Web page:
Complaints from end-users are usually enough to resolve this, although it can take time. Equally you might be able to resolve it by changing ISP. One other solution is to consider buying a dedicated business line of a similar speed (e.g. leased line), although those are often significantly more expensive – reflecting the naturally higher cost of offering a truly uncontended service.
At this point it goes without saying that wireless networks, even those that use the very latest 802.11ax (WiFi v6) technology or access to the new 6GHz band, are far from perfect. Indeed a typically low powered WiFi signal is extremely weak and rapidly starts to degrade over a fairly short distance. On top of that any objects or structures in their way (varies – depending upon the materials used) can further hamper or even stop the signal.
Due to this you tend to get the best WiFi performance when within just a handful of feet of your router – inside the same room – and this is also dependent upon the device you’re using (Smartphone, Laptop, Tablet etc.) having a similar or better capability than that of your router (e.g. the WiFi chips and antenna inside many Smartphones may be inferior to those inside high-end laptops etc.).
Long story short, even if the WiFi network claims it can deliver peak speeds of 1Gbps, or faster, then the reality is that you’ll often receive significantly less. As such it’s very UNWISE to test a 1Gbps broadband line over a WiFi link and you’ll often be better off conducting such testing via a wired connection to one of the Ethernet based Local Area Network (LAN) ports on the back of your router.
Admittedly there are also other ways to extend and improve the performance of your WiFi service (see our Wi-Fi Tips Article), such as by using a Mesh (repeater) system to effectively replace your router’s own WiFi, but these still run into some of the same problems and speeds will vary.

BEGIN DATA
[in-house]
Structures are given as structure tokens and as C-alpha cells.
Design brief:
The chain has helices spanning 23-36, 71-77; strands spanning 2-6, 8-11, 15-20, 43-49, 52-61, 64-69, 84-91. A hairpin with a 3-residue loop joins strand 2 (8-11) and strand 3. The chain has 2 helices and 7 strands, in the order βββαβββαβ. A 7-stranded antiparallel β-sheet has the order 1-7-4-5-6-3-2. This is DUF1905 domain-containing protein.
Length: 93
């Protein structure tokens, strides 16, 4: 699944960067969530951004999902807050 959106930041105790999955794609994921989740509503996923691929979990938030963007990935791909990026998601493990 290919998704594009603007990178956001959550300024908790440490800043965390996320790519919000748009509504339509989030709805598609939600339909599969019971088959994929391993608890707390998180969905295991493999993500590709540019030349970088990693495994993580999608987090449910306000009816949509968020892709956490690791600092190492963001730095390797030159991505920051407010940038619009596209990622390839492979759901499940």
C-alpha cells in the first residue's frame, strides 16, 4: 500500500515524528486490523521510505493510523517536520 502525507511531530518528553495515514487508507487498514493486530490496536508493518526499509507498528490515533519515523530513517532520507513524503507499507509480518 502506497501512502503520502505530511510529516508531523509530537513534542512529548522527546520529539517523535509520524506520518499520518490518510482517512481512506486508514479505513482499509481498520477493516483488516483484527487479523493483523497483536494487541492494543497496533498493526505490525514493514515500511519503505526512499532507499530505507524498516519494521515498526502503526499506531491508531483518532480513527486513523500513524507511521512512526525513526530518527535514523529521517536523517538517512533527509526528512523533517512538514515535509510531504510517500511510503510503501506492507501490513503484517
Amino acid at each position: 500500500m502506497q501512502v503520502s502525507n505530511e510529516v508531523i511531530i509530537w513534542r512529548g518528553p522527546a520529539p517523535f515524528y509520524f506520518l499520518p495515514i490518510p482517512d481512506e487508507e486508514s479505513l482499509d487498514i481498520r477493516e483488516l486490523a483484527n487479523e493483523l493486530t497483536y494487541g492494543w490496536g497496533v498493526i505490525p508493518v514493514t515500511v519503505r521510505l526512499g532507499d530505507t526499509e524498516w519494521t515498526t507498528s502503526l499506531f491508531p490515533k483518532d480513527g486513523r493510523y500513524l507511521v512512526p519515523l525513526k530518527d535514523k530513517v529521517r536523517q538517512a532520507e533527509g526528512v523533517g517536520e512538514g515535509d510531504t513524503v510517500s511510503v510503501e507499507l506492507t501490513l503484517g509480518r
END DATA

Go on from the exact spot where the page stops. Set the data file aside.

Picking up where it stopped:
Assuming you’ve connected to the LAN port on your router in order to test a 1Gbps broadband line then you’re immediately likely to run into a couple of problems. Firstly, most broadband routers today only ship with 1Gbps Gigabit Ethernet capable ports, which should be fine. However, once you account for various overheads, the maximum real-world data transfer rate ends up being less than 1000Mbps.
Depending on how you calculate this and what overheads are involved (we’d need a separate article to explain all this), the top usable speed of a single 1Gbps Ethernet LAN port is likely to be around 987Mbps (older setups without jumbo frames support might expect even lower – c.930Mbps). In other words, you’ve already lost some Megabits and that’s before you’ve even got anything else running.
We should clarify this doesn’t mean your router is completely capped to a sub-1Gbps speed. The example above only reflects a single user and wired connection, although all routers are designed to serve multiple LAN ports and users over WiFi at the same time.
In an ideal world router manufacturers should really be sticking even faster 2.5Gbps or better LAN ports on their devices, although there’s always been a historic problem with recognising the demand for such things and implementing that (not long ago almost every router was still coming out with 100Mbps ports on the back, even when WiFi was going much faster).
One thing that many people either forget to consider or simply aren’t able to check (it’s a hard thing to pin down) is the measure of load on your home network. For example, a lot of software applications (e.g. Microsoft Windows 10) and devices will be constantly checking for and running automatic updates in the background, some of which could be several Gigabits in size. Likewise there may be other people using services on the network.